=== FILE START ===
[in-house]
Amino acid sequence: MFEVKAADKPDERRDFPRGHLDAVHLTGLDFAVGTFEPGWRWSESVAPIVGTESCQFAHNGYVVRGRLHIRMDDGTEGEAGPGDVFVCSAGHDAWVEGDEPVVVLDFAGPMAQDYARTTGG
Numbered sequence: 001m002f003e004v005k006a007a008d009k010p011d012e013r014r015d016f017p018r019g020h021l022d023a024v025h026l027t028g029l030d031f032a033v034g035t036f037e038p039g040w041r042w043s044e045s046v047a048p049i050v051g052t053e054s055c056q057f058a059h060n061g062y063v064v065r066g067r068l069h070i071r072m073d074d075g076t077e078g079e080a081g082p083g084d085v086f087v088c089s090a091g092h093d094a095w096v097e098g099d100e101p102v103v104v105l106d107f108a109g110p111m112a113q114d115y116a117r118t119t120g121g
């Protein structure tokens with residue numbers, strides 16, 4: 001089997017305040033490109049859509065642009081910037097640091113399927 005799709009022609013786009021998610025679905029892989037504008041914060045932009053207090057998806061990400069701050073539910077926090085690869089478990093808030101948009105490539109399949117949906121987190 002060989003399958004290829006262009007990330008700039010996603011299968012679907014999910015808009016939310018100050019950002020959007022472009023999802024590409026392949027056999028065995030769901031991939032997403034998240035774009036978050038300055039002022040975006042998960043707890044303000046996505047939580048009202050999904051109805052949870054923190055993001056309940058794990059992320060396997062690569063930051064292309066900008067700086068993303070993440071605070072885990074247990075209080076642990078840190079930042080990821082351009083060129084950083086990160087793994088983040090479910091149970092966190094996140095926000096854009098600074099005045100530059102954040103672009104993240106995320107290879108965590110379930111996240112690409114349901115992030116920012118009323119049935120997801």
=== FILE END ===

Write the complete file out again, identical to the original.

[in-house]
Amino acid sequence: MFEVKAADKPDERRDFPRGHLDAVHLTGLDFAVGTFEPGWRWSESVAPIVGTESCQFAHNGYVVRGRLHIRMDDGTEGEAGPGDVFVCSAGHDAWVEGDEPVVVLDFAGPMAQDYARTTGG
Numbered sequence: 001m002f003e004v005k006a007a008d009k010p011d012e013r014r015d016f017p018r019g020h021l022d023a024v025h026l027t028g029l030d031f032a033v034g035t036f037e038p039g040w041r042w043s044e045s046v047a048p049i050v051g052t053e054s055c056q057f058a059h060n061g062y063v064v065r066g067r068l069h070i071r072m073d074d075g076t077e078g079e080a081g082p083g084d085v086f087v088c089s090a091g092h093d094a095w096v097e098g099d100e101p102v103v104v105l106d107f108a109g110p111m112a113q114d115y116a117r118t119t120g121g
């Protein structure tokens with residue numbers, strides 16, 4: 001089997017305040033490109049859509065642009081910037097640091113399927 005799709009022609013786009021998610025679905029892989037504008041914060045932009053207090057998806061990400069701050073539910077926090085690869089478990093808030101948009105490539109399949117949906121987190 002060989003399958004290829006262009007990330008700039010996603011299968012679907014999910015808009016939310018100050019950002020959007022472009023999802024590409026392949027056999028065995030769901031991939032997403034998240035774009036978050038300055039002022040975006042998960043707890044303000046996505047939580048009202050999904051109805052949870054923190055993001056309940058794990059992320060396997062690569063930051064292309066900008067700086068993303070993440071605070072885990074247990075209080076642990078840190079930042080990821082351009083060129084950083086990160087793994088983040090479910091149970092966190094996140095926000096854009098600074099005045100530059102954040103672009104993240106995320107290879108965590110379930111996240112690409114349901115992030116920012118009323119049935120997801």